I received a call from a scammer pretending to be an IRS employee in February of this year. In that instance, the person I spoke to had an obvious Indian accent. When I told him I knew he was a fraudster, he responded with a reference to a sexual act and hung up. Subsequently, my wife has received many similar bogus IRS calls. In the case where I spoke to the caller in February, the scam operation was spoofing the calling phone number.
Such scammers don't target just Americans. Tax agencies in Canada and Australia have all issued warnings over such scam callers. Last year, Sahil Patel, a scammer residing in Pennsylvania, was sentenced to 14 1/2 years in prison for his role in a similar scam where callers posed as law enforcement officers or tax agents. He was also ordered to forfeit one million dollars. The call centers Patel worked with used software that allowed them to spoof calling numbers so that those called would see a phone number that appeared to be associated with the agency with which the callers claimed to be associated.
At a Senate hearing in 2015 prior to Patel's conviction, a U.S. Department of the Treasury official estimated that such scams generated between 9,000 and 12,000 complaints a week and had gained scammers more than $15.5 million from 3,000 victims.
So kudos to Indian law enforcement officers for the recent operation; I hope they catch the kingpin(s) for whom those arrested worked.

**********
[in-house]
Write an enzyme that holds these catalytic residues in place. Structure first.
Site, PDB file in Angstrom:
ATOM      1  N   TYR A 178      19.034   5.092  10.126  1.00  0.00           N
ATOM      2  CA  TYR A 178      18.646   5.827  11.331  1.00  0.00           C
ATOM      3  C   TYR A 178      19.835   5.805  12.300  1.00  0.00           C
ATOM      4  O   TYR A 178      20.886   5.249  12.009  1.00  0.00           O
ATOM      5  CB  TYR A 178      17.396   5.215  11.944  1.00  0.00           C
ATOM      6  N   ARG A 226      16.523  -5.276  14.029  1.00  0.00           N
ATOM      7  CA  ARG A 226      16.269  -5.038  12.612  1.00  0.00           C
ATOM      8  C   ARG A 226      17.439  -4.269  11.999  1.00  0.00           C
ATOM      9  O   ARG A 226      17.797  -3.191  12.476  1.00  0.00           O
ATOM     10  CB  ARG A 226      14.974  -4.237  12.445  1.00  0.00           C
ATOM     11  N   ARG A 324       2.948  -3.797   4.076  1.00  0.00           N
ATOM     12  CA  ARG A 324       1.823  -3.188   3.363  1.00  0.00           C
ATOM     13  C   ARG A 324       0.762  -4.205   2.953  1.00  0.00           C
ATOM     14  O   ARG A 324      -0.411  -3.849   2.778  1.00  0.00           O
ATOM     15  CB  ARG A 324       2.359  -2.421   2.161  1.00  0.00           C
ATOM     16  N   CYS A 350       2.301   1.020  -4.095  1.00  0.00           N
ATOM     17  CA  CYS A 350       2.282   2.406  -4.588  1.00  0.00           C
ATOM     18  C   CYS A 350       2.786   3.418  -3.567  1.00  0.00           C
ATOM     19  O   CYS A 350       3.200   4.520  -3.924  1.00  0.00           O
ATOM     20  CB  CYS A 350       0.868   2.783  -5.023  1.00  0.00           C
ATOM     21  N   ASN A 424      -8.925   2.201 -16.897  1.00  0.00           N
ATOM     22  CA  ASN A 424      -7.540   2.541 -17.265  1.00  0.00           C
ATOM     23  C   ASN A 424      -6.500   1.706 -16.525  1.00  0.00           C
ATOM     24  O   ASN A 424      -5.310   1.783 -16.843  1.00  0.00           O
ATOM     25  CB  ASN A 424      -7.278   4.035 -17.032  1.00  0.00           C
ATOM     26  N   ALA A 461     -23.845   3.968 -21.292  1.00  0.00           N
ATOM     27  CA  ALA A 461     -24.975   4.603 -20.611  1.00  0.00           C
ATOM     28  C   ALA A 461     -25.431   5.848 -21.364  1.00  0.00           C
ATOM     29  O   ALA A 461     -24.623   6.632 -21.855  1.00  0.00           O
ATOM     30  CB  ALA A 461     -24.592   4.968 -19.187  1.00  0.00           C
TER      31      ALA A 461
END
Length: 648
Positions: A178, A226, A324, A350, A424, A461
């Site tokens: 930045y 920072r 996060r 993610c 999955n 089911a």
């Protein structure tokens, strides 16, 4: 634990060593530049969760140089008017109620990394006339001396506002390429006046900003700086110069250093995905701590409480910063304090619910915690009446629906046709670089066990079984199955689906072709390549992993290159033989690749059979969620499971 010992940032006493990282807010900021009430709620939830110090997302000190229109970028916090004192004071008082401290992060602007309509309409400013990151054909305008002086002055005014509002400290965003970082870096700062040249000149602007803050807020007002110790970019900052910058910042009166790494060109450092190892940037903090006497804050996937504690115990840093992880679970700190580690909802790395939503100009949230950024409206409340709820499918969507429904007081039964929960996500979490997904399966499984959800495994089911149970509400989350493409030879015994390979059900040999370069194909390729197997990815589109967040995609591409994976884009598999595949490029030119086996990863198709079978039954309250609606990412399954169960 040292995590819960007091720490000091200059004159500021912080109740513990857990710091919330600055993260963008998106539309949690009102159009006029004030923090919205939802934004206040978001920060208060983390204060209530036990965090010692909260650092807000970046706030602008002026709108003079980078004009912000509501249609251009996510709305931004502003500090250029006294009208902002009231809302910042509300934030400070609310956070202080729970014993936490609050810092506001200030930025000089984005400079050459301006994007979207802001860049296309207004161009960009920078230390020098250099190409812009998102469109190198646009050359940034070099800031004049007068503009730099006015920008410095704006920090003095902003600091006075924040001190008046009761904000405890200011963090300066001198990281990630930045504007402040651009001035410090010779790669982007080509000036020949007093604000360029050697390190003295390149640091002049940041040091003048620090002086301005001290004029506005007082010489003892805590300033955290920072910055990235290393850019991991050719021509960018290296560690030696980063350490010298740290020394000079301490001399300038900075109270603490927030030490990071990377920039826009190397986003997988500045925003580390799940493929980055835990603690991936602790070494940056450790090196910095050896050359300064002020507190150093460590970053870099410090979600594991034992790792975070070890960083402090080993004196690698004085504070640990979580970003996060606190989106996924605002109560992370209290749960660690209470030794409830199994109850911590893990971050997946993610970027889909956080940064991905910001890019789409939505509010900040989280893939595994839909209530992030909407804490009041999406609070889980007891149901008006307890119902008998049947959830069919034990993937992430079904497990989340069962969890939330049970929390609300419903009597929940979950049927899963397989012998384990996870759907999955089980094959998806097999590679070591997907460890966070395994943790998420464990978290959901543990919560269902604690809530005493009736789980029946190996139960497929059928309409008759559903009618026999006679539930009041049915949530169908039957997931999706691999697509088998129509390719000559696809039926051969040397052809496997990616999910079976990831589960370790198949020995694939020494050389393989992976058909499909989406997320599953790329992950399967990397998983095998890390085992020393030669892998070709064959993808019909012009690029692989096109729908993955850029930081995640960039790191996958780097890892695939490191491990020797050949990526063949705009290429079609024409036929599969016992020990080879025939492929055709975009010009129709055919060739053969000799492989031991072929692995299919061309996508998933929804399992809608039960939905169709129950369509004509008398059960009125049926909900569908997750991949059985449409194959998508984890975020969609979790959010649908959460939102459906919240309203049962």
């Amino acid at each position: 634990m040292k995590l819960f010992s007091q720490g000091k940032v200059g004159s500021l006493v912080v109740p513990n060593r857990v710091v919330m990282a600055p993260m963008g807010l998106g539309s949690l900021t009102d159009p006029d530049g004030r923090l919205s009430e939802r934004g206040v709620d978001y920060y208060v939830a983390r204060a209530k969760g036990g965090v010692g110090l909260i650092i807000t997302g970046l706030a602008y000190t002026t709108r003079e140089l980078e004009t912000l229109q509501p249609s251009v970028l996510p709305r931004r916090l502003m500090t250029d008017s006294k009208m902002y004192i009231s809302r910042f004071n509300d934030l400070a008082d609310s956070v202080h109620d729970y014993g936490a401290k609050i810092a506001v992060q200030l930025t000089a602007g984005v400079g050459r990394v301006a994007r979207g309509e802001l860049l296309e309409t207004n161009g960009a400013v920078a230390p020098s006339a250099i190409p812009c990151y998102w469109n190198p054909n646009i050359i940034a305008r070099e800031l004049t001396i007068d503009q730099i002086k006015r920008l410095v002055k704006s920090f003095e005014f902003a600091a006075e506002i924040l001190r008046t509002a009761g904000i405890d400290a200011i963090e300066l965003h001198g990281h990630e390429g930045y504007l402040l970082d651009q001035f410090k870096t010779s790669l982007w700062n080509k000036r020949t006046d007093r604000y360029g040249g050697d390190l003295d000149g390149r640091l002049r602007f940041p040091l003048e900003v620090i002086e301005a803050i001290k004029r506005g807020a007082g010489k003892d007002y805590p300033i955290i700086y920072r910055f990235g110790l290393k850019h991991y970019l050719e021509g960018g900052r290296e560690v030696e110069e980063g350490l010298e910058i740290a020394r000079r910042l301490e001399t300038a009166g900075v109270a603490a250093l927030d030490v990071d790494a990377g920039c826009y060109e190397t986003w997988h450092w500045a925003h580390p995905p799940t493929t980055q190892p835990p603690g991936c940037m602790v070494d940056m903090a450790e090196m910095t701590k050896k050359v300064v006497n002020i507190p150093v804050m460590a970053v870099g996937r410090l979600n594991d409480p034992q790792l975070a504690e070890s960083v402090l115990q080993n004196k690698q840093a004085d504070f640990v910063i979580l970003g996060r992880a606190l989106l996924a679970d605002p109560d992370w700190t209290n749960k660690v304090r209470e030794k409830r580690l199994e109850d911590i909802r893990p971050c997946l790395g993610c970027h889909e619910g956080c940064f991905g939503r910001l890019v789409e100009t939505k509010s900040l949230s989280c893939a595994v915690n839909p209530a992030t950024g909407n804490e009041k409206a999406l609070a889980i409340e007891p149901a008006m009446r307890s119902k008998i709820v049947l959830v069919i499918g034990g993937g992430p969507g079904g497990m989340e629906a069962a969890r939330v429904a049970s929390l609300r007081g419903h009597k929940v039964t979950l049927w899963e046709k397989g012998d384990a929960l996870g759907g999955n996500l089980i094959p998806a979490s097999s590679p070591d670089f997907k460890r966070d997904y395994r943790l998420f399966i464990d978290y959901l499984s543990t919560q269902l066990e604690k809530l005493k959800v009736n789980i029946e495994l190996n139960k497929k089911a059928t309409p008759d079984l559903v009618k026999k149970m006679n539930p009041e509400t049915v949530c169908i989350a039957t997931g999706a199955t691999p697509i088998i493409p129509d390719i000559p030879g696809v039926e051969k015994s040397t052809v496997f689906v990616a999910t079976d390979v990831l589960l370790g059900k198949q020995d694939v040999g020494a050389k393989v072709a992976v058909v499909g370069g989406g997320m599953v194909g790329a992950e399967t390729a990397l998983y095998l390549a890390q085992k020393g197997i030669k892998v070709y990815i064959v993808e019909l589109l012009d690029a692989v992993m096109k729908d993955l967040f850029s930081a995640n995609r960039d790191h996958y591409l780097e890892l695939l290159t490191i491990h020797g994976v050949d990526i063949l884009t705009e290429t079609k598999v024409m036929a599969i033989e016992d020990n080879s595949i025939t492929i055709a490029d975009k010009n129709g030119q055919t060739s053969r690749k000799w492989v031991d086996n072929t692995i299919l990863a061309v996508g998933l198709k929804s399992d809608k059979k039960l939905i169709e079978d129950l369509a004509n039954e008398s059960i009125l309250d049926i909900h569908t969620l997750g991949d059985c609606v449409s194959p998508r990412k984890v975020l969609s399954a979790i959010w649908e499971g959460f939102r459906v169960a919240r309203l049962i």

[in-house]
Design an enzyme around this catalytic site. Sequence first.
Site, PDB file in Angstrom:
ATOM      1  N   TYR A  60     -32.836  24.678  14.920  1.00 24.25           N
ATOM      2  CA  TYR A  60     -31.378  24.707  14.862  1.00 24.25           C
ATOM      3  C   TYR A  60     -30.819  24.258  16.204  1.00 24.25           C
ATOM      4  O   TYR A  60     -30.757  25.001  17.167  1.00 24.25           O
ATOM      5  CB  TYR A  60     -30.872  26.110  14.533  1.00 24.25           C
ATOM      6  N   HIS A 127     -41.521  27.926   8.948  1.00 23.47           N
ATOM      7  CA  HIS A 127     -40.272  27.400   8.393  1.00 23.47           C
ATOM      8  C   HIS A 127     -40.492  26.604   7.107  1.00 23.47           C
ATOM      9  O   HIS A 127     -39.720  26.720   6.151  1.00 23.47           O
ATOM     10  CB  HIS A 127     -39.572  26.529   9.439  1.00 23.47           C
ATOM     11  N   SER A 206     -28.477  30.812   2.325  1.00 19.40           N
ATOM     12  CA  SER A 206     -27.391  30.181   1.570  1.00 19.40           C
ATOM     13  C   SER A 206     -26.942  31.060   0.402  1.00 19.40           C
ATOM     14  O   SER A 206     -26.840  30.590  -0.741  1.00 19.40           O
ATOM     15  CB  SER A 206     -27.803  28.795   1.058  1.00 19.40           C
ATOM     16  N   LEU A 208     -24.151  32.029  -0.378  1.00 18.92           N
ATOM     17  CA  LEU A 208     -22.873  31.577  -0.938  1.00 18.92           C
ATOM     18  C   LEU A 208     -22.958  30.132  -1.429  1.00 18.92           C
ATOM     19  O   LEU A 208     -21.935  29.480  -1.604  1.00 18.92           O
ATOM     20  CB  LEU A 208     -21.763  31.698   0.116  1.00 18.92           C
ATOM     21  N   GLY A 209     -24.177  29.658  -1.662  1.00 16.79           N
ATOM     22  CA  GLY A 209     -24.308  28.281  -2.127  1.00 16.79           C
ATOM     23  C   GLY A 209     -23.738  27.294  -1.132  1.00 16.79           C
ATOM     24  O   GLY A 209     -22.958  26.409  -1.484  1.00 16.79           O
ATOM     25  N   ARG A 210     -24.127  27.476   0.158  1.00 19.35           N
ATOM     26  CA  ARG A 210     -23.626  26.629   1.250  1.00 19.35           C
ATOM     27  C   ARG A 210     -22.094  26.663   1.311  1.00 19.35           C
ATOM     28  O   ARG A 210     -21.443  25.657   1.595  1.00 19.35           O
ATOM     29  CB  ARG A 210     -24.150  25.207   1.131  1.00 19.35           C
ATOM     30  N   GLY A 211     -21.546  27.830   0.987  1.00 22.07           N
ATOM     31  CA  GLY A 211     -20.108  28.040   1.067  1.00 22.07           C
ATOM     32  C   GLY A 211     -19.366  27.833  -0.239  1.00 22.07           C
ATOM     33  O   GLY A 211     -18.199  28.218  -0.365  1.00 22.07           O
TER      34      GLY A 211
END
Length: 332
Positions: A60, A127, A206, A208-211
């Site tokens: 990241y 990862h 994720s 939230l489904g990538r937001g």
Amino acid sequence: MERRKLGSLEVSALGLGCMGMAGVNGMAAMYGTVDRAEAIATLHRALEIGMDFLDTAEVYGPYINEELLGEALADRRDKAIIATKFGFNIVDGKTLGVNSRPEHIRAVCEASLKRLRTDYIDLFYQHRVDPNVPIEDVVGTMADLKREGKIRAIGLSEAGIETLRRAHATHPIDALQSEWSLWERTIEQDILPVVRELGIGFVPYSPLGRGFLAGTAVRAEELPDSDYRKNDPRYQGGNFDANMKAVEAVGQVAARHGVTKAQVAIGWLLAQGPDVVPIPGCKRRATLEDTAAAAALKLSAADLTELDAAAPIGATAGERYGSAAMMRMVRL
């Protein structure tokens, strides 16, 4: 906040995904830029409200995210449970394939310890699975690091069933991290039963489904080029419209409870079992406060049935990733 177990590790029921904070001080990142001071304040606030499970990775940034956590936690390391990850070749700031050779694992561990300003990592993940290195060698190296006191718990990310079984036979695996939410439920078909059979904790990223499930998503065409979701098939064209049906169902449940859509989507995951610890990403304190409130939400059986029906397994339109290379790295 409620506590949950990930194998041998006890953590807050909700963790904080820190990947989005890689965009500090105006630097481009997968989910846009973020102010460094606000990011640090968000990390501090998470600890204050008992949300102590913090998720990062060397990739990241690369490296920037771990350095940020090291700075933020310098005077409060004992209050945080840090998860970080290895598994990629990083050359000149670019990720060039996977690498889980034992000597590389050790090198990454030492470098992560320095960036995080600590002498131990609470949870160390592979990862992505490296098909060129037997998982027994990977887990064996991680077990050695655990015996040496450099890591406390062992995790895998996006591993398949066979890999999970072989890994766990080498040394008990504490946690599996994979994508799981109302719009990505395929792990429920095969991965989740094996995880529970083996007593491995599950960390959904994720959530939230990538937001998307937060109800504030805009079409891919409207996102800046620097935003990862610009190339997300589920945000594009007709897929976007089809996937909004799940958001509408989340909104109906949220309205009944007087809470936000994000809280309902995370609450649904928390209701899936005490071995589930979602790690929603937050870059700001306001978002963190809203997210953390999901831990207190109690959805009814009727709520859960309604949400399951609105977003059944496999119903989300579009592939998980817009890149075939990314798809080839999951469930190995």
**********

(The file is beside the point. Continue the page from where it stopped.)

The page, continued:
When I then searched online for that number, I found others reporting receiving similar scam calls from that number, e.g., at the 800Notes page at 315-825-8947 I found reports such as "They called me 4 times. I finally picked up on the last time and it was a woman with an Indian accent claiming to be from Windows Tech Support and I immediately hung up. This is a scam."
Fifty minutes later, my wife received a similar call again at 1:52 PM from someone with an Indian accent. She informed the caller that she knew it was a scam and asked to be removed from the calling list. I used *69 again and this time I was informed that the caling number was 315-639-8222. I found that number also listed at the 800Notes site at 315-639-8222. When I tried calling that number I heard a message that "The number you have reached has been disconnected or is no longer in service."
We received two more "Windows Technical Departement" calls within a couple of hours. We were watching a series on Netflix during that period and I didn't try to check those two calling numbers with *69.